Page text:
Lisa, so are you telling us that you stayed with all your ex’s in spite of the fact that Milo Ventimiglia and Jake Gyllenhaal just kept calling and wouldn’t leave you alone? More likely everyone else around didn’t have a car and was still living with their Mom.

    Everyone uses Google because it’s the best option available. There isn’t another suitor out there that does a better job. I think you would have a valid point if search engine X was way better than Google, but that just isn’t the case.

    When Google first came on the scene it showed up with a logo, search box and two buttons. No Gmail, no Google Earth, no Maps, just search and everyone flocked to it. There’s no reason to think that someone else couldn’t do the same thing again.

  10. saurav January 14, 2009 at 10:50 PM

    Maybe we have sold ourselves the story that “Google is the best”. As long as we believe this story we stick with it and stay in our comfort zone.

    Only something radical can change this and you are right in saying that relevancy is not going to be that radical change.

  11. Mike Wilton January 15, 2009 at 1:15 AM

    I’m with you on this one. Google has embedded itself in our lives not only personally, but culturally. I think for us long time Googlers it would take a tragedy of epic proportions to get us to switch. I think improvements in Yahoo, Live, Ask, or any other SE will simply build loyalty amongst their users. Even if one of the others could give me a few more relevant results, I doubt I’d go anywhere. Those same results would be hiding somewhere in the SERPs. This was a great post btw. I loved the comparison of our relationship with Google like that of a really crappy comfortable relationship.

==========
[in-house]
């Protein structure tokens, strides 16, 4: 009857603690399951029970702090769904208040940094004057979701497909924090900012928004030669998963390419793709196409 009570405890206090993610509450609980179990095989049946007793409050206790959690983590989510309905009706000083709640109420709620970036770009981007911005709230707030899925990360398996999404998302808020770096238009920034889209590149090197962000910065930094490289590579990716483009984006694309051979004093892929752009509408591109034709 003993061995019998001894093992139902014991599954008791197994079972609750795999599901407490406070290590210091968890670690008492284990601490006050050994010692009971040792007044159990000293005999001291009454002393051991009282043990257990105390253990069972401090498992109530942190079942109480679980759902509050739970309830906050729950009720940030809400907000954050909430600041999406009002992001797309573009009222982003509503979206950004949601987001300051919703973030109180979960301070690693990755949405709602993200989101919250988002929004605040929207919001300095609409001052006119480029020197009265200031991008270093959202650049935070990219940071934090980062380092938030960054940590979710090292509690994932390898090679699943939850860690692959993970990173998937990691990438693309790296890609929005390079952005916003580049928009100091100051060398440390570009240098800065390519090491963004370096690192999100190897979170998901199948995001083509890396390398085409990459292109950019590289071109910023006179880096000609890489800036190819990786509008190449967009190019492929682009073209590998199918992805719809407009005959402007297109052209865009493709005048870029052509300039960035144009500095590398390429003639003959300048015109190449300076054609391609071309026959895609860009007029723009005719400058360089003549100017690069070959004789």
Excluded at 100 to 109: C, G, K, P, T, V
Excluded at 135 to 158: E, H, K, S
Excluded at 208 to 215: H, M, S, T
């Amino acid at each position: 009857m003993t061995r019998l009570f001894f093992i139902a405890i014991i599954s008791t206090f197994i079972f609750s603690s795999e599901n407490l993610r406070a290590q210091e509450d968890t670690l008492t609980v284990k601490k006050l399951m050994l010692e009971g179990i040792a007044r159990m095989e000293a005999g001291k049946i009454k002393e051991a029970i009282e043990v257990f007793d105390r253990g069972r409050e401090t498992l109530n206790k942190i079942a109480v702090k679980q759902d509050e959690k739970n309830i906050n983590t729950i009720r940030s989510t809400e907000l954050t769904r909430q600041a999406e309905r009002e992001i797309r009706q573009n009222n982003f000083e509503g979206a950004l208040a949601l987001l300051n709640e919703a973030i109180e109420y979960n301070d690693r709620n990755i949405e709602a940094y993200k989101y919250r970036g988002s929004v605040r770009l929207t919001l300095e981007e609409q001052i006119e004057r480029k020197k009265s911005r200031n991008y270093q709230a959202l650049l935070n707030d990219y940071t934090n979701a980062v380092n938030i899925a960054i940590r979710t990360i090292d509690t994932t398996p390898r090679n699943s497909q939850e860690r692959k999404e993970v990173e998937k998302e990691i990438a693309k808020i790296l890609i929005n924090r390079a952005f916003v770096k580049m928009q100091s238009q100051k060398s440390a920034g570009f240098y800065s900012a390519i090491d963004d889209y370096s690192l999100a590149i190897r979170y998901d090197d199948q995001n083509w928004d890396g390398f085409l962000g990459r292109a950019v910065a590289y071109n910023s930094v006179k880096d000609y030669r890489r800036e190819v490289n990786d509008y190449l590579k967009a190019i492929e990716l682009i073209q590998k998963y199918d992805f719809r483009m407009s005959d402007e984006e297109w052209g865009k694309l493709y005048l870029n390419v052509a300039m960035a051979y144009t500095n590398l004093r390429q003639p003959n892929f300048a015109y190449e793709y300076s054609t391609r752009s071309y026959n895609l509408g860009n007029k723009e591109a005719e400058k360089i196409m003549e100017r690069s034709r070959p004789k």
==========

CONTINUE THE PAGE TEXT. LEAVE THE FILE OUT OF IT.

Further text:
12. Dudibob January 15, 2009 at 2:00 AM

    Well when your trying to find information on the web do you:

    MSN/Live it? – just sounds wrong

    Yahoo it? – sounds like you enjoyed that search a little too much

    Google it? it just works!

    My excuse for using Google is iGoogle, all the news I want is right there, and the search box is handy :p

  13. Fpmarcil January 15, 2009 at 7:01 AM

    I find it weird that people don’t want to see that Google’s successor might already here: Facebook(even more so if Twitter is integrated).

    Just like Google is killing(or was) the OS, the big search engines will be killed by something that redefines the rules of engagement. I really don’t believe that a new search engine will come out of nowhere and challenge Google on pure search technology, at least for a good while. And before you ask, yes I’m talking about search, ie I know Facebook isnt really “there” yet, just think about the possibilities.

  14. danielthepoet January 15, 2009 at 8:09 AM


    That’s perhaps the most ridiculous thing I’ve read this year. No way does Facebook, even WITH Twitter, replace Google. The whole world does not want to read linkbait. There is MUCH more to the Web, in case we’ve forgotten.

  15. Fpmarcil January 15, 2009 at 8:39 AM

    Hey Daniel,

    Lisa asked, what’s next in search or could Google be replaced?, what I said is: is search really still at the center of the Web anymore? Maybe not. Facebook could integrate search in their interface and make a killing, that’s what I am saying, just like I stated in my previous post: “I know Facebook isnt really “there” yet, just think about the possibilities.”